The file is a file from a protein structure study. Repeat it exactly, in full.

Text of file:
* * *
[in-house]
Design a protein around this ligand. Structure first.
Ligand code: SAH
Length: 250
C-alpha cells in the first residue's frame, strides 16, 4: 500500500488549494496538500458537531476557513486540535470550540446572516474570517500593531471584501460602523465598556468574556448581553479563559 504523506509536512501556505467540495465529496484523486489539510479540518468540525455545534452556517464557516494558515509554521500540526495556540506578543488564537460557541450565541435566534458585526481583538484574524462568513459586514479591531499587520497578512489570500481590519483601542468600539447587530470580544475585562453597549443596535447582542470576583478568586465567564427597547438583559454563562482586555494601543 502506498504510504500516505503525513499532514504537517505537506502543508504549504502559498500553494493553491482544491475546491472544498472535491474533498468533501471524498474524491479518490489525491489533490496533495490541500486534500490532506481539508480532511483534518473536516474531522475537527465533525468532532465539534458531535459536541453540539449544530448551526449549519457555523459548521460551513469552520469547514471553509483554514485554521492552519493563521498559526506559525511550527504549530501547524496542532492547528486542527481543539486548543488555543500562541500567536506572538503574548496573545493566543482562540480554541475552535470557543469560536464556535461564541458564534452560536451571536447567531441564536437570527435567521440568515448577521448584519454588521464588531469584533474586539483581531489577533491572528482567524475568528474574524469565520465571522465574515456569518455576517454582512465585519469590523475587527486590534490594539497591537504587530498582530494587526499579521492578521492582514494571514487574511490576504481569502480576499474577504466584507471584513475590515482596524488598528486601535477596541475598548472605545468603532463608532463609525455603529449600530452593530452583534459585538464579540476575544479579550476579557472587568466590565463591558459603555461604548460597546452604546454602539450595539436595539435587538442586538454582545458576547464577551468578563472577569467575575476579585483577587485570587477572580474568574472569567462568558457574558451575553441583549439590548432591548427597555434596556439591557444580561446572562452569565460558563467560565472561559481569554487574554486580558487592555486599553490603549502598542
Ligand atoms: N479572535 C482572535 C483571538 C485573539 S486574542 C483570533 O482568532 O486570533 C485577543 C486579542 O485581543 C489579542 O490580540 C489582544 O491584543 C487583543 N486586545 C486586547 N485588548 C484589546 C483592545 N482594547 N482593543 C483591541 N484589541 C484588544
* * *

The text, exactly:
[in-house]
Design a protein around this ligand. Structure first.
Ligand code: SAH
Length: 250
C-alpha cells in the first residue's frame, strides 16, 4: 500500500488549494496538500458537531476557513486540535470550540446572516474570517500593531471584501460602523465598556468574556448581553479563559 504523506509536512501556505467540495465529496484523486489539510479540518468540525455545534452556517464557516494558515509554521500540526495556540506578543488564537460557541450565541435566534458585526481583538484574524462568513459586514479591531499587520497578512489570500481590519483601542468600539447587530470580544475585562453597549443596535447582542470576583478568586465567564427597547438583559454563562482586555494601543 502506498504510504500516505503525513499532514504537517505537506502543508504549504502559498500553494493553491482544491475546491472544498472535491474533498468533501471524498474524491479518490489525491489533490496533495490541500486534500490532506481539508480532511483534518473536516474531522475537527465533525468532532465539534458531535459536541453540539449544530448551526449549519457555523459548521460551513469552520469547514471553509483554514485554521492552519493563521498559526506559525511550527504549530501547524496542532492547528486542527481543539486548543488555543500562541500567536506572538503574548496573545493566543482562540480554541475552535470557543469560536464556535461564541458564534452560536451571536447567531441564536437570527435567521440568515448577521448584519454588521464588531469584533474586539483581531489577533491572528482567524475568528474574524469565520465571522465574515456569518455576517454582512465585519469590523475587527486590534490594539497591537504587530498582530494587526499579521492578521492582514494571514487574511490576504481569502480576499474577504466584507471584513475590515482596524488598528486601535477596541475598548472605545468603532463608532463609525455603529449600530452593530452583534459585538464579540476575544479579550476579557472587568466590565463591558459603555461604548460597546452604546454602539450595539436595539435587538442586538454582545458576547464577551468578563472577569467575575476579585483577587485570587477572580474568574472569567462568558457574558451575553441583549439590548432591548427597555434596556439591557444580561446572562452569565460558563467560565472561559481569554487574554486580558487592555486599553490603549502598542
Ligand atoms: N479572535 C482572535 C483571538 C485573539 S486574542 C483570533 O482568532 O486570533 C485577543 C486579542 O485581543 C489579542 O490580540 C489582544 O491584543 C487583543 N486586545 C486586547 N485588548 C484589546 C483592545 N482594547 N482593543 C483591541 N484589541 C484588544